Jun Kalita (name changed) is a 17-year-old boy from the Darrang district of Assam. He had to discontinue his studies and work in a garage to support his family after his father lost his job during the pandemic. Just as the family was learning to cope, the recent floods in Assam forced the Kalita family out of their home. They had to take shelter in the relief camp.

Amid this dire situation, Jun is trying to hold onto his job as he is the only earning member of his family. He is trying to establish regular contact with his employer so that he doesn’t lose his job. The teenager harbours dreams of studying further, but the present crisis has made it almost impossible for him to dream big.

“I wanted to complete my studies and earn a decent living, but the present situation is just not conducive,” said Jun.

“I remember Jun as a quiet boy who was always ready to help others. With adequate support, he can complete his studies and fulfil his dreams,” said John Paul Tirki, Save the Children, Assam.

Hope Amid Despair

Nandita Saikia, 27, is the mother of a one-year-old boy. When the flood waters started gushing into their hut in the middle of the night, Nandita and her entire family had to leave without being able to pack any food for the infant. At the relief camp, Nandita was forced to feed him starch water till support came from the government.

The relief camp was overcrowded and cramped. Hunger made Nandita’s son cranky. She became worried about her child’s nutritional intake, along with hygiene and sanitation. She was also concerned about menstrual hygiene. People were forced to defecate in the open, which increased the risk of groundwater contamination. Potable water was scarce as the tubewells had also gone underwater.

At Save the Children’s relief camp in Bogachola, Nandita was given a sanitation kit. “I am happy to get the hygiene kit and other essential items. Now, I can ensure my family gets clean water and prevent contracting any water-borne disease.”

How is Save the Children helping?

The pre-monsoon showers in Assam that started in April and continued through May had contributed to 64% excess rainfall in the state that led to flooding and embankment breaches. The rain intensified in the second and third weeks of June and has had a devastating effect.

To date, 89,329 people have been evacuated. Deployment of 26 teams of the NDRF with all necessary rescue equipment, 11 aircraft of the Air Force and six columns of the Engineering Task Force in Assam carried out the rescue work.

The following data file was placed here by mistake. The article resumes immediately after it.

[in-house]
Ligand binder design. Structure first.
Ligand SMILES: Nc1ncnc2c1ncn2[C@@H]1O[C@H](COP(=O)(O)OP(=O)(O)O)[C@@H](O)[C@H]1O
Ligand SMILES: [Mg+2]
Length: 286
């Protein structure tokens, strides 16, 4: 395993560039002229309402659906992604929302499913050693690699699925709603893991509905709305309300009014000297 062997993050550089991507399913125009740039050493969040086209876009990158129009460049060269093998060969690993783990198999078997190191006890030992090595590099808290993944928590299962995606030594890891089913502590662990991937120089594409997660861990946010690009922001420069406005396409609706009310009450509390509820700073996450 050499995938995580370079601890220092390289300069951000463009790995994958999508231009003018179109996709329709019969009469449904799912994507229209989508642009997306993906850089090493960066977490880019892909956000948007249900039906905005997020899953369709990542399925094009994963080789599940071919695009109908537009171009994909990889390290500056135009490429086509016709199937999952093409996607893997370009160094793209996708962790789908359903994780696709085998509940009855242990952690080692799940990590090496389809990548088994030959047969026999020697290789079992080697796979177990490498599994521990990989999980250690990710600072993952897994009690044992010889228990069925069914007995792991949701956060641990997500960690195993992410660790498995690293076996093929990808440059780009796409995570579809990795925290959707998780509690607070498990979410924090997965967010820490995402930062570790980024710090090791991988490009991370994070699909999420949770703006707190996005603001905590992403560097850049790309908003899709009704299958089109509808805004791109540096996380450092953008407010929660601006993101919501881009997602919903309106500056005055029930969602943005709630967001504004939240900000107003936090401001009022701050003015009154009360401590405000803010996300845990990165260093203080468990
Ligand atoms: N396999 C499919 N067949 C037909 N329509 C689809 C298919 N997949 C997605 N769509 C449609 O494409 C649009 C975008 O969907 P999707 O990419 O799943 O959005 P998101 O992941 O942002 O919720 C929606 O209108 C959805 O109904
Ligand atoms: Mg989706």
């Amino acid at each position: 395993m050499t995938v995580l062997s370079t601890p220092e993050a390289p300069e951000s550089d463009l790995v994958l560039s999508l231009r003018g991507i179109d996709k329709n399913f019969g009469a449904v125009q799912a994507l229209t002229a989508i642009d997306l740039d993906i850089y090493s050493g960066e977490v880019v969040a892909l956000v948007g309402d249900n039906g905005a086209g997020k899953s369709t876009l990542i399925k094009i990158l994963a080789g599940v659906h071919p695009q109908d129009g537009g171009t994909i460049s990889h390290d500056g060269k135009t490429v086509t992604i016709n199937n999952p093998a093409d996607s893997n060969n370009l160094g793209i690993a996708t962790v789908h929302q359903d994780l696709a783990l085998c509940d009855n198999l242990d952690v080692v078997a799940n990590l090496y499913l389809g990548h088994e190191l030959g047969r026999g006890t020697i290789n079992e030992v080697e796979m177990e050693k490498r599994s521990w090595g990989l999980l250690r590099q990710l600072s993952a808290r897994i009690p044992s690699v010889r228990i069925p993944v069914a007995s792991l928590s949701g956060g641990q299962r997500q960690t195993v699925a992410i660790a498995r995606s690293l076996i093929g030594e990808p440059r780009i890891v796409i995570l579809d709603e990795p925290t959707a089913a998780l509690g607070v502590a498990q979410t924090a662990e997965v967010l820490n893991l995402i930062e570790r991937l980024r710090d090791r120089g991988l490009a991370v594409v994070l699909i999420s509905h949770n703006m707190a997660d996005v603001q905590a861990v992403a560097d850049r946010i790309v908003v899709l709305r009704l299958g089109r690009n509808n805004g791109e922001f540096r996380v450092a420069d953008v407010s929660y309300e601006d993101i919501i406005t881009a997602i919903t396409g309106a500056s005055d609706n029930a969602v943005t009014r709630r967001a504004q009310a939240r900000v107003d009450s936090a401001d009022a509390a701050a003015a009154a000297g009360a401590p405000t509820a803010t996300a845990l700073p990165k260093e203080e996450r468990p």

Darrang, Nagaon, Morigaon, Dhemaji and Majuli are some of the worst affected districts. Majuli being a riverine island, is completely cut off from the mainland as the water levels are still dangerously high. Nearly half a million people are currently in relief camps set up by the government, 1,25,558 houses have been damaged, and around 0.22 million hectares of croplands have been damaged in the floods.

These districts are reeling under the loss of lives and livelihoods with restricted supply of essential services, being cut off from the rest of the state. Thousands of people are living in temporary camps under unhygienic conditions and without proper food and clean potable water. The families don’t even have soaps, toothpaste and other hygiene materials, and women and girls do not have sanitary pads. They are forced to defecate in the open. Families living in relief camps don’t have enough money to repair their homes destroyed in flood. Power outages and the absence of lighting pose not only environmental risks but also protection risks.

Save the Children in Assam has initiated a response across locations worst affected by the floods to ensure the protection of every last child. This response covers an entire gamut of activities about how we take an assessment of the situation in consultation with the key stakeholders and communities and reach out to communities and children to ensure a dignified life during this humanitarian crisis.

Considering the severity and scale of impact, Save the Children has decided to reach 10,000 households, including 20,000 children, through WASH, education, child protection, shelter, Child-Friendly Spaces (CFS) and health interventions. Rehabilitation support through livelihood and resilience building will also be done in Dhemaji, Darrang, Nagaon, Morigaon and Majuli.

Save the Children urges people to support the people of Assam and help us reach the most vulnerable and marginalised families with children for a systematic recovery.

Support our work to provide relief to worst-affected children and their families, donate HERE.

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